Having to endure the sub-zero Russian winter and more cruelly an Eastern Europe infected with racism, Zimbabwean striker Musa Mguni would only hope to find solace when he is around his countrymen.
BY MICHAEL MADYIRA
But alas, his country would return to haunt him, something that might push him into early retirement from the game of football, which has earned him fame and fortune.
During his comeback match for the Warriors whom he had last featured for in 2004, Mguni on February 29 last year seriously twisted his knee while landing from a mid-air tussle for possession in the Africa Cup of Nations qualifier first round match against Burundi away in Bujumbura.
But the Terek Grozny striker’s worst nightmare was yet to come.
With damaged ligaments which sidelined him for more than a year, a cash-strapped Zimbabwe Football Association (Zifa), who were supposed to pick up the bill, could not even wish him a speedy recovery.
Turning to Grozny for help, Mguni was told by the club that it was Zifa’s obligation to pay for all medical expenses that stemmed from hospital bills, air fares and hotel accommodation since he was injured while on national duty.
The lanky forward was to face the grim reality of personally footing the medical bill of around 70 000 euro (around US$92 000) that started with an operation in Germany on June 14 last year.
The operation was immediately followed by a rehabilitation programme in France, before returning to Russia late October, where he started training with Grozny the following month.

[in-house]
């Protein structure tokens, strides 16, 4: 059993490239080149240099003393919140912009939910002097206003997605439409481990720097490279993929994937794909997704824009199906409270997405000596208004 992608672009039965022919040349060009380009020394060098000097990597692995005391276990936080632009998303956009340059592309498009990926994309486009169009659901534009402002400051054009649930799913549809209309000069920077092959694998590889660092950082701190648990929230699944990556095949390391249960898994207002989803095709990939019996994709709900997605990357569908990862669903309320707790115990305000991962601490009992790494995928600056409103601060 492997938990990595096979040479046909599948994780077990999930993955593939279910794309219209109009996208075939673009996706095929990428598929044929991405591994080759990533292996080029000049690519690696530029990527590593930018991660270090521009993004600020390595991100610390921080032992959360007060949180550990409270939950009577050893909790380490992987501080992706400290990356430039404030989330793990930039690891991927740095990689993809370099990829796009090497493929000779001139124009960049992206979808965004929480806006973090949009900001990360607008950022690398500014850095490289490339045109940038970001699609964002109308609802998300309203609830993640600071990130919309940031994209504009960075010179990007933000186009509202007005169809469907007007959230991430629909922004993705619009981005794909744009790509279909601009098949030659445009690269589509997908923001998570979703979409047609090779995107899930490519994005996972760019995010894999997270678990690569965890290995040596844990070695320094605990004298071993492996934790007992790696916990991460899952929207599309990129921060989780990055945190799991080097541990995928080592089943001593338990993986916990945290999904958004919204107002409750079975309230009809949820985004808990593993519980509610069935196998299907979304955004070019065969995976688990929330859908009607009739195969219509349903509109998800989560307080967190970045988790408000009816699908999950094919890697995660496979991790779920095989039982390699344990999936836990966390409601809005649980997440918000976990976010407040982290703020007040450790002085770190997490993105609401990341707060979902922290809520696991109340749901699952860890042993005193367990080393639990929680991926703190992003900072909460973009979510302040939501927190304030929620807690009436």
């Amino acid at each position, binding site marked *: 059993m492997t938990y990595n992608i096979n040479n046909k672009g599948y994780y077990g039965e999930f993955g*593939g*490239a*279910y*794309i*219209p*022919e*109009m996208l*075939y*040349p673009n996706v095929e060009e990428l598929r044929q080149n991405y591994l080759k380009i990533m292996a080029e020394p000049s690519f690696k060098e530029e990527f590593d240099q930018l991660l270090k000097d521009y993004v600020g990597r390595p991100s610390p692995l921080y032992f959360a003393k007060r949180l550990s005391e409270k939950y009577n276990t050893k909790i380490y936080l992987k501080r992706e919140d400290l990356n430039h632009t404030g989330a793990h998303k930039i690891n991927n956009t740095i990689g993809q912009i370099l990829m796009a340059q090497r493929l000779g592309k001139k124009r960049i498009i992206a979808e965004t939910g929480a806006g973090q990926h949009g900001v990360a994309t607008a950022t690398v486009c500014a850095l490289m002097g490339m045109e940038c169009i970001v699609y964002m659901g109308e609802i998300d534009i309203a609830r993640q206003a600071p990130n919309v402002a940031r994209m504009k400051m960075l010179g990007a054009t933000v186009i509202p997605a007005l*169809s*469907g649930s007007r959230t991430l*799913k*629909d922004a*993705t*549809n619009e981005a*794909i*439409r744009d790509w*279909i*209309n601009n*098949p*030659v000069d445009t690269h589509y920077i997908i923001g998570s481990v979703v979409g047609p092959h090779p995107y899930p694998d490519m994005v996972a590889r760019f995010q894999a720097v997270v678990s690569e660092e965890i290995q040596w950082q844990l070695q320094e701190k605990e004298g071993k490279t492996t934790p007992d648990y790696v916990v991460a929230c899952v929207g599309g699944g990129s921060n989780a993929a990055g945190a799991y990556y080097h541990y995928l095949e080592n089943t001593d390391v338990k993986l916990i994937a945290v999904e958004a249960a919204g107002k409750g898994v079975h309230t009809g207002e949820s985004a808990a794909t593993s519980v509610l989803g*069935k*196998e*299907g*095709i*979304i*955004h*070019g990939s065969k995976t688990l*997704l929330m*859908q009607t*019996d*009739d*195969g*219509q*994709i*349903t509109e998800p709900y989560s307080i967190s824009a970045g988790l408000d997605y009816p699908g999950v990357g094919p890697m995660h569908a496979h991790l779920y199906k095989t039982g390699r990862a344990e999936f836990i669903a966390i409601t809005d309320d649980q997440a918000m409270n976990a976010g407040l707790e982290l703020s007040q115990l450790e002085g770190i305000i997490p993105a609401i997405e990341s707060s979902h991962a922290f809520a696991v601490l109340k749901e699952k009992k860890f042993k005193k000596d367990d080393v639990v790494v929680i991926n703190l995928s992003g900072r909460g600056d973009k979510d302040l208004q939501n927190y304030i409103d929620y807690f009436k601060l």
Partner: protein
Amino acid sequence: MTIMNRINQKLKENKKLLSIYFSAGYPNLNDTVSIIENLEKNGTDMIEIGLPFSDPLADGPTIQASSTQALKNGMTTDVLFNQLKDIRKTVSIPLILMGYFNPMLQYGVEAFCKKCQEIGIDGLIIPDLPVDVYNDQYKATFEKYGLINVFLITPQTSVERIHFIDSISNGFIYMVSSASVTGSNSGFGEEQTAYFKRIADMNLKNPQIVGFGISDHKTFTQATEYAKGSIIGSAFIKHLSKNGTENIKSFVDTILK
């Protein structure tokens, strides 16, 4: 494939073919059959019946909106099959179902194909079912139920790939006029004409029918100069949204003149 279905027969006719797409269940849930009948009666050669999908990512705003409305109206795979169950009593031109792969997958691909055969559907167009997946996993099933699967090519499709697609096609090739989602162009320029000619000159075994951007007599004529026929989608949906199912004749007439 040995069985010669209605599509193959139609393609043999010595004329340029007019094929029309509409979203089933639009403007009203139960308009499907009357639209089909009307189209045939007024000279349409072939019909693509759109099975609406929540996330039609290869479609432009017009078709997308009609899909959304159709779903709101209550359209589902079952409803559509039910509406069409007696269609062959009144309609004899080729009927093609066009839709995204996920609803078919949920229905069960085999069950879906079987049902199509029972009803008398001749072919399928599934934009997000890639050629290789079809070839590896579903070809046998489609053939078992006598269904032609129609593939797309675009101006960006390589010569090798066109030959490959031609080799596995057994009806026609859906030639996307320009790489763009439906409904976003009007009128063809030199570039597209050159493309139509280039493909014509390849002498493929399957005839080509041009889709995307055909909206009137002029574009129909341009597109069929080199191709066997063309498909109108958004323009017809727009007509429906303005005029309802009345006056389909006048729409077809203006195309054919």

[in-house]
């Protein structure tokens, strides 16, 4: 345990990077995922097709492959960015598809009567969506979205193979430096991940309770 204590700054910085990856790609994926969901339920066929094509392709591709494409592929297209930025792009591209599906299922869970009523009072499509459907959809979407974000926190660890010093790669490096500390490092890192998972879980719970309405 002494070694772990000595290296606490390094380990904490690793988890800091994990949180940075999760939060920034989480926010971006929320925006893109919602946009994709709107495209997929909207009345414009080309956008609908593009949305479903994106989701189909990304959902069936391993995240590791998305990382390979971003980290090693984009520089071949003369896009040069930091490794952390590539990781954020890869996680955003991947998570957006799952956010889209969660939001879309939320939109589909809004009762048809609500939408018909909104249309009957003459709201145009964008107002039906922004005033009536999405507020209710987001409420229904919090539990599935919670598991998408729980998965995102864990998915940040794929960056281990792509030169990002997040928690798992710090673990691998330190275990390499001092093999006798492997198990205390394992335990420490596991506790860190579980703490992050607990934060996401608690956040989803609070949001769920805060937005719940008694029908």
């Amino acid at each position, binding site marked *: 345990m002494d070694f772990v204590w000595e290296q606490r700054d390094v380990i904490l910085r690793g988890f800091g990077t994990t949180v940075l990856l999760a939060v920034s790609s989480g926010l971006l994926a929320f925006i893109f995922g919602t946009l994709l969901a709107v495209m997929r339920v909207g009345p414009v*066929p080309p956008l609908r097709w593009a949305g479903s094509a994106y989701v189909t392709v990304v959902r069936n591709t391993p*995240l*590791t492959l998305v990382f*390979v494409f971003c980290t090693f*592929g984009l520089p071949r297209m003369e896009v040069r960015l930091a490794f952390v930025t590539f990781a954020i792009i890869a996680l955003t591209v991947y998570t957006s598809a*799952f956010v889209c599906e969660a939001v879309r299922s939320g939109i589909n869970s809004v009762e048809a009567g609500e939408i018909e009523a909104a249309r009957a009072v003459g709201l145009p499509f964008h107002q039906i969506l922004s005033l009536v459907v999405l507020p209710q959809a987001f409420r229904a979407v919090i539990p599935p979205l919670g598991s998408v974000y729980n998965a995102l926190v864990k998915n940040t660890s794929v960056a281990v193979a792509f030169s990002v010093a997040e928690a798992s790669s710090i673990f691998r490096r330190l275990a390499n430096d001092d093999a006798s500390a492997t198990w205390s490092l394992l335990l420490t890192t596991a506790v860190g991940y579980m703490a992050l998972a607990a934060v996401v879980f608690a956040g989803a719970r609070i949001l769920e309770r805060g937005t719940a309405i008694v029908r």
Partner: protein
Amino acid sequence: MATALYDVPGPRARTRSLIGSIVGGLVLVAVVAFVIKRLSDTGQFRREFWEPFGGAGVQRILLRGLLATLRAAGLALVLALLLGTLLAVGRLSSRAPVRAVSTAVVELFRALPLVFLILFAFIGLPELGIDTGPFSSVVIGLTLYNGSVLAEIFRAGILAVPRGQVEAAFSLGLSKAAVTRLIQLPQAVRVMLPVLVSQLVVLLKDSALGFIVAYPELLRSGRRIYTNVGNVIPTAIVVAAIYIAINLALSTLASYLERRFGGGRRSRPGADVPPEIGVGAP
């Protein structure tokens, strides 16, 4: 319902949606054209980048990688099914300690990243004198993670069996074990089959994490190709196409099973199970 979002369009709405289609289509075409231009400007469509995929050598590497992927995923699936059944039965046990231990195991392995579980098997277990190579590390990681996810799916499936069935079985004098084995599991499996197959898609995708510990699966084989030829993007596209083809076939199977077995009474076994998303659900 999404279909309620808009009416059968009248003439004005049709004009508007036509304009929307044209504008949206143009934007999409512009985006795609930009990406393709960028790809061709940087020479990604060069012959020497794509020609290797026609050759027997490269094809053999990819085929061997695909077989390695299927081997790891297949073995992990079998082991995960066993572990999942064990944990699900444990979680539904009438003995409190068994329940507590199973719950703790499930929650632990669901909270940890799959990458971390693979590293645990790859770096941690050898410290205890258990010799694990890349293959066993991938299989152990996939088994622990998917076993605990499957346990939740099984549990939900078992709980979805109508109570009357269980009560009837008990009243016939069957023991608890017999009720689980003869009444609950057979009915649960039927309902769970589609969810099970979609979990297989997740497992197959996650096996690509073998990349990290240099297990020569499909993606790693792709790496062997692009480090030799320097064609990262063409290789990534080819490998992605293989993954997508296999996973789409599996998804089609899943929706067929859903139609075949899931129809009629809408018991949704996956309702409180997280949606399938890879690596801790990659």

To make matters worse, Grozny did not register the 29-year-old for the current campaign despite having a running contract with him that expires in August next year.
Following this frustrating moment, the towering striker now has a frosty relationship with both club and country and has already roped in world football governing body Fifa to help him get compensation.
“This has been the worst period of my career. Everything is frustrating here. I feel dumped by both my club and country,” said Mguni.
“There are more unfavourable things that I should be worried about when I am very far away from home other than being let down by my own countrymen. For example, the cold Russian weather is unbearable,” he said.
“The other big problem is that of racism. It is better in Moscow though but other cities are hell to go to as people look at you as if they have never seen a black person before. I am now used to the monkey chants and banana throwing. If they can do that to Samuel Eto’o, then what about me? I am God’s creation, even if I am black. I am proud to be Zimbabwean and African.”
Having started training two months ago, the former Motor Action player, who has been in the country since the festive holidays, is this week expected to fly to Germany for the final scan on his knee and expects to be ready to play in two weeks’ time.
But he has expressed unwillingness to return to the Chechens, as Grozny are affectionately known in Russia.
How mguni ended up in Russia
Mguni’s ability to win the hearts of world football legends might earn him another big-club move.
He was brought to Russia in February 2011 by former World Player of the Year, Chelsea and AC Milan legend Ruud Gullit after a scoring performance during Grozny’s friendly match against his previous Ukrainian club Metalurh Donetsk.
In 2010, legendary Andriy Shevchenko had tipped Mguni to take Ukraine by storm.
“I have always tried to become a better player. Now I feel I have grown up mentally and in all other aspects of the game but unfortunately this injury was a major drawback in my career. It was good that I was playing in the Russian league which is very tough with the game there being more physical and requires a strong mentality as well,” Mguni said.
The former Orlando Pirates striker also had a three-season stint at Cyprian side AC Omonia as well as Al Shabab of United Arab Emirates.